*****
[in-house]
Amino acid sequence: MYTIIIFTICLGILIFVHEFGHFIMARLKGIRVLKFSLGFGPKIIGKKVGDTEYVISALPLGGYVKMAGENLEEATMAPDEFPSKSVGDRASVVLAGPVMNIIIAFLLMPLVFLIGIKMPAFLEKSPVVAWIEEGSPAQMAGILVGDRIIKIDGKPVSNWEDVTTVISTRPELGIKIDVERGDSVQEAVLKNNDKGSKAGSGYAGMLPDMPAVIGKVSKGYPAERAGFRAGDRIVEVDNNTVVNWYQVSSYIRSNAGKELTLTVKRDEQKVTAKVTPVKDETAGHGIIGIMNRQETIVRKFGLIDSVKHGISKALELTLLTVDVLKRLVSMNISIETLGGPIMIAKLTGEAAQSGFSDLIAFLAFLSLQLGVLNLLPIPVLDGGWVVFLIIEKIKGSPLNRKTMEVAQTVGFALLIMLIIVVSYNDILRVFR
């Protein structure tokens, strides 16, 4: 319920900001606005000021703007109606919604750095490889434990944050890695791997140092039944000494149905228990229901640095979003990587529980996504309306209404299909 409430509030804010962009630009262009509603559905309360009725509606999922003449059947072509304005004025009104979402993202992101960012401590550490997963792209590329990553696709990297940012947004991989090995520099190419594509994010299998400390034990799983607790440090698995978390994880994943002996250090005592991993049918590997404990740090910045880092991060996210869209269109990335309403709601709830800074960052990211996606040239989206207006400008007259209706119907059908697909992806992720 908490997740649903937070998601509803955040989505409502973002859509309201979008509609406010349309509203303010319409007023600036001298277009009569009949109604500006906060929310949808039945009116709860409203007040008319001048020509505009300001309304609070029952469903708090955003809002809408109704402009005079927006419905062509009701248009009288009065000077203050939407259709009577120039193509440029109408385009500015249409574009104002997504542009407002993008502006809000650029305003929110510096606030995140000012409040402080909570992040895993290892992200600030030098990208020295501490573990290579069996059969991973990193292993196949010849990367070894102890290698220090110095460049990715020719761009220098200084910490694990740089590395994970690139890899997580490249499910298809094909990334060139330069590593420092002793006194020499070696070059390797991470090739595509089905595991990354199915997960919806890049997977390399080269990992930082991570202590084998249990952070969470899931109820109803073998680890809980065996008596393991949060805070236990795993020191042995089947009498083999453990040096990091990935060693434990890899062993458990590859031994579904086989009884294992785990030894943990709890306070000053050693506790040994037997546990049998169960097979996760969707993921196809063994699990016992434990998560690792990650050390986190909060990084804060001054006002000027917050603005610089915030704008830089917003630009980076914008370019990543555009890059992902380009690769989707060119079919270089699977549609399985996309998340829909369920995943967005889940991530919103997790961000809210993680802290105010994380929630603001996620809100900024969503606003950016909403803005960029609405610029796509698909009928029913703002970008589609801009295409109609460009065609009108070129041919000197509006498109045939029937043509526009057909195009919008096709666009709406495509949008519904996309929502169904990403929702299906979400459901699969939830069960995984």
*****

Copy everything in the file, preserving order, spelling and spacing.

[in-house]
Amino acid sequence: MYTIIIFTICLGILIFVHEFGHFIMARLKGIRVLKFSLGFGPKIIGKKVGDTEYVISALPLGGYVKMAGENLEEATMAPDEFPSKSVGDRASVVLAGPVMNIIIAFLLMPLVFLIGIKMPAFLEKSPVVAWIEEGSPAQMAGILVGDRIIKIDGKPVSNWEDVTTVISTRPELGIKIDVERGDSVQEAVLKNNDKGSKAGSGYAGMLPDMPAVIGKVSKGYPAERAGFRAGDRIVEVDNNTVVNWYQVSSYIRSNAGKELTLTVKRDEQKVTAKVTPVKDETAGHGIIGIMNRQETIVRKFGLIDSVKHGISKALELTLLTVDVLKRLVSMNISIETLGGPIMIAKLTGEAAQSGFSDLIAFLAFLSLQLGVLNLLPIPVLDGGWVVFLIIEKIKGSPLNRKTMEVAQTVGFALLIMLIIVVSYNDILRVFR
């Protein structure tokens, strides 16, 4: 319920900001606005000021703007109606919604750095490889434990944050890695791997140092039944000494149905228990229901640095979003990587529980996504309306209404299909 409430509030804010962009630009262009509603559905309360009725509606999922003449059947072509304005004025009104979402993202992101960012401590550490997963792209590329990553696709990297940012947004991989090995520099190419594509994010299998400390034990799983607790440090698995978390994880994943002996250090005592991993049918590997404990740090910045880092991060996210869209269109990335309403709601709830800074960052990211996606040239989206207006400008007259209706119907059908697909992806992720 908490997740649903937070998601509803955040989505409502973002859509309201979008509609406010349309509203303010319409007023600036001298277009009569009949109604500006906060929310949808039945009116709860409203007040008319001048020509505009300001309304609070029952469903708090955003809002809408109704402009005079927006419905062509009701248009009288009065000077203050939407259709009577120039193509440029109408385009500015249409574009104002997504542009407002993008502006809000650029305003929110510096606030995140000012409040402080909570992040895993290892992200600030030098990208020295501490573990290579069996059969991973990193292993196949010849990367070894102890290698220090110095460049990715020719761009220098200084910490694990740089590395994970690139890899997580490249499910298809094909990334060139330069590593420092002793006194020499070696070059390797991470090739595509089905595991990354199915997960919806890049997977390399080269990992930082991570202590084998249990952070969470899931109820109803073998680890809980065996008596393991949060805070236990795993020191042995089947009498083999453990040096990091990935060693434990890899062993458990590859031994579904086989009884294992785990030894943990709890306070000053050693506790040994037997546990049998169960097979996760969707993921196809063994699990016992434990998560690792990650050390986190909060990084804060001054006002000027917050603005610089915030704008830089917003630009980076914008370019990543555009890059992902380009690769989707060119079919270089699977549609399985996309998340829909369920995943967005889940991530919103997790961000809210993680802290105010994380929630603001996620809100900024969503606003950016909403803005960029609405610029796509698909009928029913703002970008589609801009295409109609460009065609009108070129041919000197509006498109045939029937043509526009057909195009919008096709666009709406495509949008519904996309929502169904990403929702299906979400459901699969939830069960995984």